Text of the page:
Summary: God’s grace is truly amazing and understanding His grace toward us allows us to experience His riches.
Series: Experiencing the Riches of Christ
THE RICHES OF GOD’S AMAZING GRACE
I. MAN’S HOPELESS CONDITION APART FROM CHRIST
A. We Were Dead (2:1)
And you hath he quickened, who were dead in trespasses and sins;
B. We Were Dominated (2:2-3a)
by the World (2:2a)
Wherein in time past ye walked according to the course of this world,
by the Devil (2:b)
according to the prince of the power of the air, the spirit that now worketh in the children of disobedience:
(John 8:43-44) Why do ye not understand my speech? even because ye cannot hear my word. 44 Ye are of your father the devil , and the lusts of your father ye will do. He was a murderer from the beginning
B. We Were Doomed (3:3b)
and were by nature the children of wrath, even as others.
II. GOD’S AMAZING GRACE EXTENDED TO MAN
“grace” xaris: gift, that which affords pleasure; God’s unmerited favor
• Grace is getting what we don’t deserve. Mercy is not getting what we do deserve.
• Grace is the goodness of God shown to people who don’t deserve it; mercy is the goodness of God shown to people who are in a miserable plight.
A. The Source of God’s Grace (2:4)
But God, who is rich in mercy, for his great love wherewith he loved us,
“Since sin always brings misery, and misery is always experienced by sinners, therefore all of God’s acts of grace are also acts of mercy, and all his acts of mercy are also acts of grace. Every act of grace shown to a person because he is a sinner is also an act of mercy because his sin brings misery. And every act of mercy shown to a person because of his miserable plight is also an act of grace because he doesn’t deserve it.........In a courtroom you might look at the same act of acquittal from two angles. From behind the judge you might see his black robe and huge bench and all the papers with convicting evidence spread out before him. This would make the acquittal look like an amazing act of grace. Sin and justice call for conviction, not acquittal. But it you moved around to the front of the bench and saw the tears in the judge’s eyes and noticed the utterly miserable plight of the criminal, this would make the acquittal look like an act of mercy. The act of goodness is one act, not two. What changes is the angle from which we view it” (John Piper, Future Grace, p77).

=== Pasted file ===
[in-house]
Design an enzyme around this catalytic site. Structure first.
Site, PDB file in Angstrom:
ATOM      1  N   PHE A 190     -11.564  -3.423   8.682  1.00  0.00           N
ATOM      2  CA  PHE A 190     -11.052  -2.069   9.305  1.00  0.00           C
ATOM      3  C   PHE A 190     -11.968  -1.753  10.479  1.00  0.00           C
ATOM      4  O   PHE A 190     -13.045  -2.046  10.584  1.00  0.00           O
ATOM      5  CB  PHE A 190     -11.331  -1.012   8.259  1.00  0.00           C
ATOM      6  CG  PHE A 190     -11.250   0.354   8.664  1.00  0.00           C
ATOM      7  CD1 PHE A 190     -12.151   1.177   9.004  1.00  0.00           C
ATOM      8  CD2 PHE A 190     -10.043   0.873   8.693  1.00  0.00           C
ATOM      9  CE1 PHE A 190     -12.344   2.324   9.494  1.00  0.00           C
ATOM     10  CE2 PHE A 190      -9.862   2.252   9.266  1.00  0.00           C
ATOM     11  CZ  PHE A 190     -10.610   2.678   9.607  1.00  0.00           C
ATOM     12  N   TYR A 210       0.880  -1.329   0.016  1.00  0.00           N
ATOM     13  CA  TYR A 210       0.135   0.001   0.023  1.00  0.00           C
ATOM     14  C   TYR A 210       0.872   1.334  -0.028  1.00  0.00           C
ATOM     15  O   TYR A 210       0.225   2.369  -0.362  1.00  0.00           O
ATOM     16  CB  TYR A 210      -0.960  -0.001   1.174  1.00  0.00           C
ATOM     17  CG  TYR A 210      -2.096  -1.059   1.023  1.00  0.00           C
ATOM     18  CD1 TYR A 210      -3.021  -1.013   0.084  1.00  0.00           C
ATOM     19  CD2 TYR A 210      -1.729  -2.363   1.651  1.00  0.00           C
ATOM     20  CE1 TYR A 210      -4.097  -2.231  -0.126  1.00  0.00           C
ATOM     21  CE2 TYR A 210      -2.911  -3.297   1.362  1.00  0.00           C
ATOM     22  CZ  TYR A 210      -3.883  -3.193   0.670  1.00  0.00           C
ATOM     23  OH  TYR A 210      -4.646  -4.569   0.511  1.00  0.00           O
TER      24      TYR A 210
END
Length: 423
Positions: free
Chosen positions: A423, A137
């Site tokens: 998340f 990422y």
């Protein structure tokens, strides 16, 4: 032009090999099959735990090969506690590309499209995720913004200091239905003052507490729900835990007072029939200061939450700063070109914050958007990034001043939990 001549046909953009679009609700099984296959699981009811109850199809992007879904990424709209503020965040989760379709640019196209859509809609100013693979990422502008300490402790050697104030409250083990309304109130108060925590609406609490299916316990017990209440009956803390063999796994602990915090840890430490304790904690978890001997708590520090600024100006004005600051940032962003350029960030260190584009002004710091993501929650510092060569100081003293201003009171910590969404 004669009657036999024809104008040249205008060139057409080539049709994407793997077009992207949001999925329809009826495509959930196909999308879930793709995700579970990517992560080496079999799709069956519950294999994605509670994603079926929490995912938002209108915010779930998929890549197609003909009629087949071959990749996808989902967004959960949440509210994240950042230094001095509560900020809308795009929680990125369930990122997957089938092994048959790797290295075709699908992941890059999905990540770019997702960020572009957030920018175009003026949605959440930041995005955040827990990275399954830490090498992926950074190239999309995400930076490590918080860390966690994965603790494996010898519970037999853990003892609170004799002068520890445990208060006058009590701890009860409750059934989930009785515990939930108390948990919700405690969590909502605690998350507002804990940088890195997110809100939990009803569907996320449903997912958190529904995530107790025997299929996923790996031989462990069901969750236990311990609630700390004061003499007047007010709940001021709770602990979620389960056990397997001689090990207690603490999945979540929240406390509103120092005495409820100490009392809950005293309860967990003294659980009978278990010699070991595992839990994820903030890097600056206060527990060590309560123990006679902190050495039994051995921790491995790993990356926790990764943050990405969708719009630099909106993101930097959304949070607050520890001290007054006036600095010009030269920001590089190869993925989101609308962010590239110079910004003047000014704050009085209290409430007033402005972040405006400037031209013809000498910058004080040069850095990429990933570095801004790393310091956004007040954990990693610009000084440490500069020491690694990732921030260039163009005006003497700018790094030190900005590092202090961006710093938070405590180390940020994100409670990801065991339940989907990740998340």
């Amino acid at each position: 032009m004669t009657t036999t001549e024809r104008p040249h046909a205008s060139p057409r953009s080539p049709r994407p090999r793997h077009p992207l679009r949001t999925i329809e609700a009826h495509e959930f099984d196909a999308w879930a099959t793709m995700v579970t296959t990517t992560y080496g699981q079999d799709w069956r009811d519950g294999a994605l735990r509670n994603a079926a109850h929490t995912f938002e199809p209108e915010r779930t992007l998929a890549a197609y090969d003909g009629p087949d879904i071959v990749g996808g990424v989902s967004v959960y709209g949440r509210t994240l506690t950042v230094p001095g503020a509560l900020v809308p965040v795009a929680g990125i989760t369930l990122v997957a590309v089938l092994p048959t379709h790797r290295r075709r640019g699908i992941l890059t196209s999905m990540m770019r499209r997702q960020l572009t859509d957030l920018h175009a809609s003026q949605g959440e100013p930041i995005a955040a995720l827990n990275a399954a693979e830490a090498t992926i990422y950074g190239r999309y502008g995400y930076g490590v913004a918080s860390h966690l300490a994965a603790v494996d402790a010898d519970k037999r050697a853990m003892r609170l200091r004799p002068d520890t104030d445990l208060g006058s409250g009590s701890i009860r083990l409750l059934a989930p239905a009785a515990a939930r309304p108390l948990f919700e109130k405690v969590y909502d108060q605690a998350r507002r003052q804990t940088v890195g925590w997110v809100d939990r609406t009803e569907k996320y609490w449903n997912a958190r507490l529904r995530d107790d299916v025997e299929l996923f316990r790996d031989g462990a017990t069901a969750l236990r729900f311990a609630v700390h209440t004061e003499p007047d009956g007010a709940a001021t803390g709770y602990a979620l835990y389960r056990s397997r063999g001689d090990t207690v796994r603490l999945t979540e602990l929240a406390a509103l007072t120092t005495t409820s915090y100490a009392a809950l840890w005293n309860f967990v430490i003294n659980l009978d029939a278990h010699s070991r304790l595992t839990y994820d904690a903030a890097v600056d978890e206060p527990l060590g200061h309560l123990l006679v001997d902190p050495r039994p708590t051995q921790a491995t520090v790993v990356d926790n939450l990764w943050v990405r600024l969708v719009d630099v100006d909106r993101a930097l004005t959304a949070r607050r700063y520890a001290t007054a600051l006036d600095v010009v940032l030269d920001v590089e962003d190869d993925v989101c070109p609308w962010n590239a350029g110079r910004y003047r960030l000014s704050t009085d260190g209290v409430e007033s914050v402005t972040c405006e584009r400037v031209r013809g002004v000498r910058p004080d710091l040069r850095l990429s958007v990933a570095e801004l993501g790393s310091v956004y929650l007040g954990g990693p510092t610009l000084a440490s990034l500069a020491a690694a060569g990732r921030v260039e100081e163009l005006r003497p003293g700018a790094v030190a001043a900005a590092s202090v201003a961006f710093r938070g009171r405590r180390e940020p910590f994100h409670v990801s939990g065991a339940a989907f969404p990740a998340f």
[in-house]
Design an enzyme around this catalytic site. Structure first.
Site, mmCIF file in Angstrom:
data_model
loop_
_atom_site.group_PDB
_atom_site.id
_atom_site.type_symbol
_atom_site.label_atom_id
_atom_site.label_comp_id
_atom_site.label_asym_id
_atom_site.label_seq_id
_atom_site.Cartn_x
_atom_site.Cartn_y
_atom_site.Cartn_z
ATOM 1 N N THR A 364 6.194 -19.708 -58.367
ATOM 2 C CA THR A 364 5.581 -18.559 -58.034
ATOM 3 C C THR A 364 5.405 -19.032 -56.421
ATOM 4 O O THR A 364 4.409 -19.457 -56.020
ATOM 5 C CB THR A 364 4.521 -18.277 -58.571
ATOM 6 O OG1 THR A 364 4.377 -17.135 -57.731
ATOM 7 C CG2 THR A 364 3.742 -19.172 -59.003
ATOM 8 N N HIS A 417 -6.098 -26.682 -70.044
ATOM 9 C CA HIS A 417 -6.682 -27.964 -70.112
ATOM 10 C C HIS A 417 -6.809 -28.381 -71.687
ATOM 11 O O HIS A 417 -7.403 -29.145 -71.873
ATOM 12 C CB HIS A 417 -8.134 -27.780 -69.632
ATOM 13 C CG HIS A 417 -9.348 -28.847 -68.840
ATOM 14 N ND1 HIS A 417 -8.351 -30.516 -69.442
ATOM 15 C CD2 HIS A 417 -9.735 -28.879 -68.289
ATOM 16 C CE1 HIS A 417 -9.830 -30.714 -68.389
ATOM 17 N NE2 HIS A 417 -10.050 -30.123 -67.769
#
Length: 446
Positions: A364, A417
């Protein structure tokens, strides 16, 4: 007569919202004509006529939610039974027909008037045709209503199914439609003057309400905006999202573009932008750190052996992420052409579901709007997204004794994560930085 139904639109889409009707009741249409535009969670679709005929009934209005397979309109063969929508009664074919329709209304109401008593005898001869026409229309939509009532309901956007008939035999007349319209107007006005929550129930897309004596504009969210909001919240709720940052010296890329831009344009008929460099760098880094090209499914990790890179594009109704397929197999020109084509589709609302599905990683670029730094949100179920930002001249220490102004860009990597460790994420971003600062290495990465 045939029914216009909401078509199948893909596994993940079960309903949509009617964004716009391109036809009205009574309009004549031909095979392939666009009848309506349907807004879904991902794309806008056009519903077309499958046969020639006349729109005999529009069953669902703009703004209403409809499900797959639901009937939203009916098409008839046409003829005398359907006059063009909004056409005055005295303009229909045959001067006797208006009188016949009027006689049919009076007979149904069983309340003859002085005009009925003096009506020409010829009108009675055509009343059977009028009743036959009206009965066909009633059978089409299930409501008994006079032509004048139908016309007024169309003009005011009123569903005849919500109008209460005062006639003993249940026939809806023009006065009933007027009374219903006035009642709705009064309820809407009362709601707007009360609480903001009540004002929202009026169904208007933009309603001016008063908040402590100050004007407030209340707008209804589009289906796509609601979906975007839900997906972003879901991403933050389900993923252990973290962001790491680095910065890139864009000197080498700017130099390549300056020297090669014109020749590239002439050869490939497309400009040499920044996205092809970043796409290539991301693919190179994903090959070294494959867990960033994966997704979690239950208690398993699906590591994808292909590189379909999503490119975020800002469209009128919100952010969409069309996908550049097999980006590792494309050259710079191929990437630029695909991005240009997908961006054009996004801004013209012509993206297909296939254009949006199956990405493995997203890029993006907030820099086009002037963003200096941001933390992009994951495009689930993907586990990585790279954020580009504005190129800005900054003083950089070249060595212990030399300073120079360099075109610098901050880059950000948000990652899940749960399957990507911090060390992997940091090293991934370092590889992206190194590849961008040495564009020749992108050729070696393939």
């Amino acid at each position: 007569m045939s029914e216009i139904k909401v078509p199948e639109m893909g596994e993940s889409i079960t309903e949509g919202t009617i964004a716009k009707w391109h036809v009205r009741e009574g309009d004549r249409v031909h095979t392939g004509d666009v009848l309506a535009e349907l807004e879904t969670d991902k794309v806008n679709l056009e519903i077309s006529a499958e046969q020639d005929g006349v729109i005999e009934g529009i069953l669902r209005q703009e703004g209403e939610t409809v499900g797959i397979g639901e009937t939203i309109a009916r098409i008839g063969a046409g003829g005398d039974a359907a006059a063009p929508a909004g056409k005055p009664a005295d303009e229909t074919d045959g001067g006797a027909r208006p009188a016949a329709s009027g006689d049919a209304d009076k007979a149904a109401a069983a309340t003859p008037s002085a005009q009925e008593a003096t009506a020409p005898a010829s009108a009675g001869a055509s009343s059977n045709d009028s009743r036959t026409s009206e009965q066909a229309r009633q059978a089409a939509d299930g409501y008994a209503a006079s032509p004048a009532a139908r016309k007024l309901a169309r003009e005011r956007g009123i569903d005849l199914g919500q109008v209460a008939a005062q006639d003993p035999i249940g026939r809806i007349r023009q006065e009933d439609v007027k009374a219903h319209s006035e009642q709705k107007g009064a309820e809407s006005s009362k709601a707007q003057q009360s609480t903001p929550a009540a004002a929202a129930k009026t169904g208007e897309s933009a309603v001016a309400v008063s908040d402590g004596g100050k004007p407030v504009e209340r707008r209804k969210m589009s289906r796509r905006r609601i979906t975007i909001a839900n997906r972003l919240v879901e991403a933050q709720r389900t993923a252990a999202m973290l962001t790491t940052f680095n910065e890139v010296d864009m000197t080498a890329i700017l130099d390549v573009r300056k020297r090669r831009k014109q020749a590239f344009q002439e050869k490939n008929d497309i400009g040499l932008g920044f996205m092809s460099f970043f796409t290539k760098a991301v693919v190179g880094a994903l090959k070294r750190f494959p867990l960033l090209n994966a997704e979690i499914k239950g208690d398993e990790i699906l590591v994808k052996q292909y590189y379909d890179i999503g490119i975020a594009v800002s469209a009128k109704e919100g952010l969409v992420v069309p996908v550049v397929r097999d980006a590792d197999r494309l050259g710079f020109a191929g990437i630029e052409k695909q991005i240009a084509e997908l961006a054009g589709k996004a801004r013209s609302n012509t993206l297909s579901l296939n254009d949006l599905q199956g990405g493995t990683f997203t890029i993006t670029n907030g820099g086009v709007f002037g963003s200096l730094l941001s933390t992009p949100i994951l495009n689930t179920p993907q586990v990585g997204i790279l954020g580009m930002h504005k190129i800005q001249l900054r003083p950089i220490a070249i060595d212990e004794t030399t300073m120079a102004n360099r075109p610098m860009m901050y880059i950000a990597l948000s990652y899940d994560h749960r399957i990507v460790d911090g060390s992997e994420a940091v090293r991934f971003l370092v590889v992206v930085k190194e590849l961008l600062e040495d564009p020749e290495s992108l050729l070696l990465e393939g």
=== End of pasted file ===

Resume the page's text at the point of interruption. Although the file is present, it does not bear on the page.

B. The Power of God’s Grace (2:5-6)
Power to Change our Condition (2:5)
Even when we were dead in sins, hath quickened us together with Christ, (by grace ye are saved;)
Power to Change our Position (2:6)
And hath raised us up together, and made us sit together in heavenly places in Christ Jesus:
C. The Glory of God’s Grace (2:7)
That in the ages to come he might shew the exceeding riches of his grace in his kindness toward us through Christ Jesus.
The glory of God is the manifestations of God’s person and works. God’s grace reveals his glorious nature.
It was Friday night, November 8, 2002 in McDermott, Ohio. A lop-sided high school football game was about to conclude. The Waverly High Tigers were tearing apart the home team, Northwest High School, 42-0. Surprisingly, with only a few seconds left, Northwest coach Dave Frantz called a time out. Even more surprisingly, Tiger coach Derek Dewitt met him at midfield. The two had actually talked during the week about getting in a Northwest player who had never played in a real game. Jake Porter, a 17-year-old who was mentally retarded from birth, was brought into the Northwest huddle. What happened next was the most beautiful moment in sports this year, a real life parable of grace.